Contributing Writer for Wake Up World
If you have a honeysuckle plant flourishing nearby, a surprising medicinal plant is right at your fingertips.
One of the most important herbs in Traditional Chinese Medicine, this fragrant beauty is much more than just an ornamental vine — the flowers exhibit antibiotic, anti-inflammatory, antibacterial and antiviral properties as well.
The “Echinacea of Chinese Medicine”
Considered an effective tonic for the heart, honeysuckle is used as a remedy for a wide range of cardiac disorders. The plant also addresses ailments of the skin and liver, asthma, arthritis and swollen glands.
Similar to its cousin elderberry, honeysuckle is exceptionally antibacterial and antiviral — so much so that it’s deemed the “Echinacea of Chinese Medicine” by Michael Tierra, C.A., N.D., O.M.D. The flowers are used for infections as well as inflammation and have been found to be effective against Salmonella typhi, Pseudomonas aeruginosa, Staphylococcus aureus and Streptococcus pneumoniae. In eastern Asia, honeysuckle is traditionally used to treat dysentery, conjunctivitis and inflammation of the urinary tract and reproductive organs, along with fevers, colds and influenza. Flower extracts are helpful in reducing cholesterol levels, lowering blood pressure and treating tuberculosis. Externally, honeysuckle tea can alleviate rheumatism, sores, tumors, scabies, swelling and boils.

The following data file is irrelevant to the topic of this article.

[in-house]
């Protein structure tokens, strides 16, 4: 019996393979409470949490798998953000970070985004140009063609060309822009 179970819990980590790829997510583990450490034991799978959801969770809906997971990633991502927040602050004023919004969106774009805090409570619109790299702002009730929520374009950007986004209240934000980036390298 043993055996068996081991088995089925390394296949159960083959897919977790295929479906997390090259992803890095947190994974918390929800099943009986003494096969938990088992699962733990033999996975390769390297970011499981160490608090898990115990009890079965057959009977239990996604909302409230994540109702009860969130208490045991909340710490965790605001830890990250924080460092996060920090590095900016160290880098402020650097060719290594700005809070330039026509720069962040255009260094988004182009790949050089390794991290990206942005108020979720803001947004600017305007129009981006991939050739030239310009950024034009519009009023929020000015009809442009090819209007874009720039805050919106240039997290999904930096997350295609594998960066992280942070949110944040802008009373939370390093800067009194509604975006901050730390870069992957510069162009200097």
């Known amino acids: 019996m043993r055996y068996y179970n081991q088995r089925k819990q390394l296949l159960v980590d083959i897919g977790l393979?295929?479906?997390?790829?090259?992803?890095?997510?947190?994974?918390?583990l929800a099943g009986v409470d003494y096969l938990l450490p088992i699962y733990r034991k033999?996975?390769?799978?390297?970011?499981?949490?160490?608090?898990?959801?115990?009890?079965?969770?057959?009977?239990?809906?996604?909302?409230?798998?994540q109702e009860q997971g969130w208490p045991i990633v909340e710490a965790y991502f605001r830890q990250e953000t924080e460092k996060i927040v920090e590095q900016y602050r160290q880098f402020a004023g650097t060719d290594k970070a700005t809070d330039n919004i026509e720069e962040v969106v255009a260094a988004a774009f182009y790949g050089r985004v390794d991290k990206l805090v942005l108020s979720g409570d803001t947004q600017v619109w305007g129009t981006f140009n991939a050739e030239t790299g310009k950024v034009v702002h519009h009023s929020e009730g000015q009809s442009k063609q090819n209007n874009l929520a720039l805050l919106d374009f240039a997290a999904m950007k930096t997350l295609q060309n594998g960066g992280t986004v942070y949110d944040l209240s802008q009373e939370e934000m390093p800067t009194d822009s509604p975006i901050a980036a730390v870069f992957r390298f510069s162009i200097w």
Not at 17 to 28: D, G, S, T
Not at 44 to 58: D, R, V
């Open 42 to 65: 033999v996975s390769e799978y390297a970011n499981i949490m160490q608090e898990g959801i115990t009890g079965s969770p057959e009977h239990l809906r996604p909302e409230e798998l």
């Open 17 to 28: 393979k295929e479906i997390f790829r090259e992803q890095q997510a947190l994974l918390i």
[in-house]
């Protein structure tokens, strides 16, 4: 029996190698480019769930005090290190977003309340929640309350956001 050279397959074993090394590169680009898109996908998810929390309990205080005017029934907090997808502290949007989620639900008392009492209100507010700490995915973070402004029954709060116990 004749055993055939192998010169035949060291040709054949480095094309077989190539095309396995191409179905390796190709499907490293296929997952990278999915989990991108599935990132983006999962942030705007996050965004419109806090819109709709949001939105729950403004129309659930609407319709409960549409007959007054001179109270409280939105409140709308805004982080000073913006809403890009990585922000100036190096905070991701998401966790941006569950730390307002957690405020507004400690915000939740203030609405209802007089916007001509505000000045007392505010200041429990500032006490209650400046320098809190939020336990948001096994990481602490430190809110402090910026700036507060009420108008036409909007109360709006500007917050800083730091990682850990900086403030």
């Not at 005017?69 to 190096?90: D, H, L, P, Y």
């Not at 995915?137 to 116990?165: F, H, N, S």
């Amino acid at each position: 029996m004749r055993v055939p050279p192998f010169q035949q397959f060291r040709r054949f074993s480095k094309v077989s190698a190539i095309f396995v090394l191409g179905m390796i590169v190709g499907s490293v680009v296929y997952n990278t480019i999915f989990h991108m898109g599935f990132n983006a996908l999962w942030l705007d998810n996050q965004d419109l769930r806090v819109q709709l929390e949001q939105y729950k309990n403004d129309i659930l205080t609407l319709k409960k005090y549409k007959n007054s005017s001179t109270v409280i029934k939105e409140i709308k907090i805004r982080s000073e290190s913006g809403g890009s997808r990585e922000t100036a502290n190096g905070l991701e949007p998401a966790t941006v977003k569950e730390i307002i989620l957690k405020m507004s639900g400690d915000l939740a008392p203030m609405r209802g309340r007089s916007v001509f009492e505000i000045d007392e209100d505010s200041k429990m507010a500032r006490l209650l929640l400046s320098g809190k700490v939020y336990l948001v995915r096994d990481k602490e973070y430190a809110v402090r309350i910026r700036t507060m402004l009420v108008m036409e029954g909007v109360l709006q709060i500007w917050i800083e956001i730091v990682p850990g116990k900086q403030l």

As observed by herbalist Kiva Rose, honeysuckle is “most suited for hot, feverish and acute problems as well as to overheated, hot excess people and not so much for the cold and deficient as it is very cooling in temperature.” She added, “Based on my experiences with the plant, it seems to impart a sense of presence and appreciation of surroundings, allowing one to release tension or anxiety and be fully in the moment.”
How to use
First and foremost, it’s important to identify which types of honeysuckle are safe to ingest. Most European varieties are usually toxic. However, Japanese honeysuckle is one of the most common edible forms worldwide. Eat The Weeds provides further examples that are fit for consumption:
“L. affinis, flowers and fruit; L. angustifolia, fruit; L. caprifolium, fruit, flowers to flavor tea; L. chrysantha, fruit; L. ciliosa, fruit, nectar; L. hispidula, fruit; L. involucrata, fruit; L. kamtchatica, fruit; L. Japonica, boiled leaves, nectar; L. periclymenum, nectar; L. utahensis, fruit; L. villosa, fruit; L. villosa solonis, fruit.”
As explained in Acupuncture Today, “The typical dose of honeysuckle flower is between 6 and 15 grams, decocted for oral administration, depending on the condition being treated. Larger doses can be used when the herb is applied to the skin.” For honeysuckle syrup, place 4 pounds of fresh petals in 1 quart of boiling water. Remove from heat, cover and infuse for 12 hours. Strain and add 4 pounds of organic sugar. Simmer over low heat until syrup forms, stirring occasionally. Take one teaspoon daily.
If you don’t have fresh honeysuckle available, dried varieties can be found at Asian markets or suppliers like Mountain Rose Herbs. Many health food stores also carry honeysuckle decoctions, infusions and powers. Caution is advised when ingesting the leaves or stems of honeysuckle, as they contain saponins, which can be dangerous if taken in large enough amounts. There are no known drug interactions with honeysuckle flowers, but it’s always a good idea to consult with a licensed medical practitioner before use.
Updated September 2014
Tierra, Michael, and David Frawley. Planetary Herbology: An Integration of Western Herbs into the Traditional Chinese and Ayurvedic Systems. Twin Lakes, WI: Lotus, 1992. Print.
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Please note: this article was first published on Natural News.